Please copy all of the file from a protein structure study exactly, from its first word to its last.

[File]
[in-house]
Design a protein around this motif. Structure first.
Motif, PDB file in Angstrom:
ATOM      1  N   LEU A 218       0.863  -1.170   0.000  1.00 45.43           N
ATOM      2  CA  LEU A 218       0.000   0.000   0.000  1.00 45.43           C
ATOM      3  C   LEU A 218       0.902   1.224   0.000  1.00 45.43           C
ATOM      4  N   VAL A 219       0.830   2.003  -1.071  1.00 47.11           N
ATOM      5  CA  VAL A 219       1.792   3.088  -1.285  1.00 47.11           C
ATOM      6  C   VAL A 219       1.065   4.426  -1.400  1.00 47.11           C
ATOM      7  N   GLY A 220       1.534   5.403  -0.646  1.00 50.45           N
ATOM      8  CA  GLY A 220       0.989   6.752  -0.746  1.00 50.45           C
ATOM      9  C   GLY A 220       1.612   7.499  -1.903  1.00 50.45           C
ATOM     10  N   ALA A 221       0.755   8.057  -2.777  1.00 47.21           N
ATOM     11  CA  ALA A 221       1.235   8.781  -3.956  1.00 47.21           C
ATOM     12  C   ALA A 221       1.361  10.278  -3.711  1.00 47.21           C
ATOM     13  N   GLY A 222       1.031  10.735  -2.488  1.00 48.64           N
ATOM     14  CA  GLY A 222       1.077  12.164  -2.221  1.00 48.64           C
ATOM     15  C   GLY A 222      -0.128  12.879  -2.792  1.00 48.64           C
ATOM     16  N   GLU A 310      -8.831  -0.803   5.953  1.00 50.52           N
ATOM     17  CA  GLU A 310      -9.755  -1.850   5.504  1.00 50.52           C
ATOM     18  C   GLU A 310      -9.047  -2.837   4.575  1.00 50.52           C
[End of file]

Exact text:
[in-house]
Design a protein around this motif. Structure first.
Motif, PDB file in Angstrom:
ATOM      1  N   LEU A 218       0.863  -1.170   0.000  1.00 45.43           N
ATOM      2  CA  LEU A 218       0.000   0.000   0.000  1.00 45.43           C
ATOM      3  C   LEU A 218       0.902   1.224   0.000  1.00 45.43           C
ATOM      4  N   VAL A 219       0.830   2.003  -1.071  1.00 47.11           N
ATOM      5  CA  VAL A 219       1.792   3.088  -1.285  1.00 47.11           C
ATOM      6  C   VAL A 219       1.065   4.426  -1.400  1.00 47.11           C
ATOM      7  N   GLY A 220       1.534   5.403  -0.646  1.00 50.45           N
ATOM      8  CA  GLY A 220       0.989   6.752  -0.746  1.00 50.45           C
ATOM      9  C   GLY A 220       1.612   7.499  -1.903  1.00 50.45           C
ATOM     10  N   ALA A 221       0.755   8.057  -2.777  1.00 47.21           N
ATOM     11  CA  ALA A 221       1.235   8.781  -3.956  1.00 47.21           C
ATOM     12  C   ALA A 221       1.361  10.278  -3.711  1.00 47.21           C
ATOM     13  N   GLY A 222       1.031  10.735  -2.488  1.00 48.64           N
ATOM     14  CA  GLY A 222       1.077  12.164  -2.221  1.00 48.64           C
ATOM     15  C   GLY A 222      -0.128  12.879  -2.792  1.00 48.64           C
ATOM     16  N   GLU A 310      -8.831  -0.803   5.953  1.00 50.52           N
ATOM     17  CA  GLU A 310      -9.755  -1.850   5.504  1.00 50.52           C
ATOM     18  C   GLU A 310      -9.047  -2.837   4.575  1.00 50.52           C